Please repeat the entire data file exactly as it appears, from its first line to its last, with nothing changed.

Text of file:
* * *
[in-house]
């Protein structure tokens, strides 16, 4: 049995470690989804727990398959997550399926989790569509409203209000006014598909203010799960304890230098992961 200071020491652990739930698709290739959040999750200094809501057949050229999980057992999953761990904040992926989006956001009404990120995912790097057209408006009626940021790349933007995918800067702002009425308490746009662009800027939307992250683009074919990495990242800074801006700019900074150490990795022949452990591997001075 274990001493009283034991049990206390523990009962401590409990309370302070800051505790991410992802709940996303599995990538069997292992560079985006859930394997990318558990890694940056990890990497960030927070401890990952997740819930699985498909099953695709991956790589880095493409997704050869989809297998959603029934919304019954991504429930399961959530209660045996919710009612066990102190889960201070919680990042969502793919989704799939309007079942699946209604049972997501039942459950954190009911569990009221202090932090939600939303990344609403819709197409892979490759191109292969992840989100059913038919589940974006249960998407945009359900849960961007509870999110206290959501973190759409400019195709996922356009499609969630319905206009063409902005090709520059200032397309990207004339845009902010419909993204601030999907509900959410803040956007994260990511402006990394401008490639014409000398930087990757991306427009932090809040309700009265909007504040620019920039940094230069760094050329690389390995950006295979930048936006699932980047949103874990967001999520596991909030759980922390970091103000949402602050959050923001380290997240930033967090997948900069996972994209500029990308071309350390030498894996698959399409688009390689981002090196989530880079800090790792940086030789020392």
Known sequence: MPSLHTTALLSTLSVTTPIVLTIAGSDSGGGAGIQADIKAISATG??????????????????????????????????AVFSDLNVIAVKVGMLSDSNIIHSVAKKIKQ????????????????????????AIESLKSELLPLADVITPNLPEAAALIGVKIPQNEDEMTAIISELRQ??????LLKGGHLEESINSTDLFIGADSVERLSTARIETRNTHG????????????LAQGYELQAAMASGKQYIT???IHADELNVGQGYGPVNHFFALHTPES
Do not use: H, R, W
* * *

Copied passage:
[in-house]
């Protein structure tokens, strides 16, 4: 049995470690989804727990398959997550399926989790569509409203209000006014598909203010799960304890230098992961 200071020491652990739930698709290739959040999750200094809501057949050229999980057992999953761990904040992926989006956001009404990120995912790097057209408006009626940021790349933007995918800067702002009425308490746009662009800027939307992250683009074919990495990242800074801006700019900074150490990795022949452990591997001075 274990001493009283034991049990206390523990009962401590409990309370302070800051505790991410992802709940996303599995990538069997292992560079985006859930394997990318558990890694940056990890990497960030927070401890990952997740819930699985498909099953695709991956790589880095493409997704050869989809297998959603029934919304019954991504429930399961959530209660045996919710009612066990102190889960201070919680990042969502793919989704799939309007079942699946209604049972997501039942459950954190009911569990009221202090932090939600939303990344609403819709197409892979490759191109292969992840989100059913038919589940974006249960998407945009359900849960961007509870999110206290959501973190759409400019195709996922356009499609969630319905206009063409902005090709520059200032397309990207004339845009902010419909993204601030999907509900959410803040956007994260990511402006990394401008490639014409000398930087990757991306427009932090809040309700009265909007504040620019920039940094230069760094050329690389390995950006295979930048936006699932980047949103874990967001999520596991909030759980922390970091103000949402602050959050923001380290997240930033967090997948900069996972994209500029990308071309350390030498894996698959399409688009390689981002090196989530880079800090790792940086030789020392």
Known sequence: MPSLHTTALLSTLSVTTPIVLTIAGSDSGGGAGIQADIKAISATG??????????????????????????????????AVFSDLNVIAVKVGMLSDSNIIHSVAKKIKQ????????????????????????AIESLKSELLPLADVITPNLPEAAALIGVKIPQNEDEMTAIISELRQ??????LLKGGHLEESINSTDLFIGADSVERLSTARIETRNTHG????????????LAQGYELQAAMASGKQYIT???IHADELNVGQGYGPVNHFFALHTPES
Do not use: H, R, W